While holidaying in Scotland with Yoko Ono, her daughter Kyoko and his son Julian, John Lennon crashed his white British Leyland Austin Maxi car near Durness in the Highlands.
John had rarely been behind the wheel since passing his test in 1965 and he was poor at navigating roads and often failed to notice other traffic. Since the roads were narrow, the weather was poor, John panicked after spotting a foreign tourist driving towards him. He lost control of his Austin Maxi, and drove into a roadside ditch. John, Yoko and Kyoko sustained cuts to the face and Ono's back was injured. They were taken to Golspie's Lawson Memorial Hospital where Lennon was given 17 facial stitches, Ono 14 in her forehead, and Kyoko four.
Julian Lennon was treated for shock but was otherwise unhurt. He was taken to stay with Lennon's Aunt Mater in Durness, around 50 miles away, before his mother Cynthia took him back to London the following day. When she arrived at the hospital to demand an explanation from Lennon he refused to see her.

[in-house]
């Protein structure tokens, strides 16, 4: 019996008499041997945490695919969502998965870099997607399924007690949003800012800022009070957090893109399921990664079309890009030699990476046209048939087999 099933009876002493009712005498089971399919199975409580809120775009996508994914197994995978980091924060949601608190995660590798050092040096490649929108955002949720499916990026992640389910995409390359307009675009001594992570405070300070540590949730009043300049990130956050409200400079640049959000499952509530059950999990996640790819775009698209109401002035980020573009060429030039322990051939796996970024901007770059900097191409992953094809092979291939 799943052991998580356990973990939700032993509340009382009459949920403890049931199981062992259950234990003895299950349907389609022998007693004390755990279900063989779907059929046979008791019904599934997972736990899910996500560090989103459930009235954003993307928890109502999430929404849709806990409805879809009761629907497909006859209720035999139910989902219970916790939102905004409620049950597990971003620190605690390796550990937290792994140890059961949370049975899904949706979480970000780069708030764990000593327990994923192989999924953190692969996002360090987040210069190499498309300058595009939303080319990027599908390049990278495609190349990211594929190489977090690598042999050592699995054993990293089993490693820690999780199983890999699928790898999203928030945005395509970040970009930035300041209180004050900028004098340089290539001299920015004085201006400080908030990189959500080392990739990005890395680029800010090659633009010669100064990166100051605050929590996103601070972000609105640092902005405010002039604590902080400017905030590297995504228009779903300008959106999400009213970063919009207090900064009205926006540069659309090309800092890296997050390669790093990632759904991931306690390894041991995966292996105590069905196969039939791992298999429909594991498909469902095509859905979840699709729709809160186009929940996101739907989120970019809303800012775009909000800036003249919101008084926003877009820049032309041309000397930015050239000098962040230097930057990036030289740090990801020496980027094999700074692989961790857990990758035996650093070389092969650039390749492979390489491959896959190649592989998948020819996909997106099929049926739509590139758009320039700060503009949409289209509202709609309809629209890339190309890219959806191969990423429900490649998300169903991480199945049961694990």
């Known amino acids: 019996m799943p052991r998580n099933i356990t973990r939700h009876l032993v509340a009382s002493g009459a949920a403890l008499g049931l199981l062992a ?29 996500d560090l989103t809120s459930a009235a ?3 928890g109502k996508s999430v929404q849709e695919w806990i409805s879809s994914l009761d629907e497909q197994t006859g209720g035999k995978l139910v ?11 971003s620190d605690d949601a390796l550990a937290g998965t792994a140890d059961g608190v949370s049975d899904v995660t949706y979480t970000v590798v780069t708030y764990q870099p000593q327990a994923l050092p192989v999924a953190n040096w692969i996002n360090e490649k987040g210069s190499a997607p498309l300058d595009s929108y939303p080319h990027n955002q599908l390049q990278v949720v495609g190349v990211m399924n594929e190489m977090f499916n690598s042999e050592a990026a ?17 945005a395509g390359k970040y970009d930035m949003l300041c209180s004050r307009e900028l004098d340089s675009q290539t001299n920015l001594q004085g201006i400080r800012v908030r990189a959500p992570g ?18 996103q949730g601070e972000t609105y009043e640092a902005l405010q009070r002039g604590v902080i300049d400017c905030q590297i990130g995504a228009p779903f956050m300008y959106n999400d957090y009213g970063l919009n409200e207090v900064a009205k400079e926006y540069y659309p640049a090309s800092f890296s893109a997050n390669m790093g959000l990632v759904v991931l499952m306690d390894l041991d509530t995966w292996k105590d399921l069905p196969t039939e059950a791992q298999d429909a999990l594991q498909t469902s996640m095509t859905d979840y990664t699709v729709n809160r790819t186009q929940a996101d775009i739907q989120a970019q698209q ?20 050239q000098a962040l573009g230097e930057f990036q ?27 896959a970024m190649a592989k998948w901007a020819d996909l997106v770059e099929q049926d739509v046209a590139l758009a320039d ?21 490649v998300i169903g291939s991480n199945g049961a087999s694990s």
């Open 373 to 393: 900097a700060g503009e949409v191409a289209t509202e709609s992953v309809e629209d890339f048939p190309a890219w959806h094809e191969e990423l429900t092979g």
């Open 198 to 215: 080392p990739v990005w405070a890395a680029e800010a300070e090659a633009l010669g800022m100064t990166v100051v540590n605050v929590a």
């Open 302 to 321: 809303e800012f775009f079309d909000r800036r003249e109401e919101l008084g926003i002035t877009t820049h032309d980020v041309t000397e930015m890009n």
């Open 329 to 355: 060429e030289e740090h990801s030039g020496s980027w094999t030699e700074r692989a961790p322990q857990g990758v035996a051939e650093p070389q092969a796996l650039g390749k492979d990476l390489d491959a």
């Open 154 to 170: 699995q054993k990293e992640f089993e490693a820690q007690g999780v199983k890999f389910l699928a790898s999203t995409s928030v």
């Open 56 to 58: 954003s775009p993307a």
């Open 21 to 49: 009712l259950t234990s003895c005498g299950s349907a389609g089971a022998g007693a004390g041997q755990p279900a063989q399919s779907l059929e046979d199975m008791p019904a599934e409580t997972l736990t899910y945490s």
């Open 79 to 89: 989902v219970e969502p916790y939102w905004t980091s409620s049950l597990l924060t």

Lennon remained in hospital for five days. He later told reporters, "If you're going to have a car crash, try to arrange for it to happen in the Highlands. The hospital there was just great." The crashed Austin Maxi was later transported to the couple's Tittenhurst Park estate where it was sited in the gardens.
July 1st was the first official day of recording for what became the Abbey Road album. The crash further delayed his return to London, and after being discharged from hospital he spent three days at home before finally rejoining The Beatles on July 9th.
Yoko Ono suffered worse injuries in the crash than Lennon, and was pregnant at the time. John arranged for Harrods to deliver a double bed to the studio, and had a microphone suspended above it for her to add her thoughts during the sessions that followed.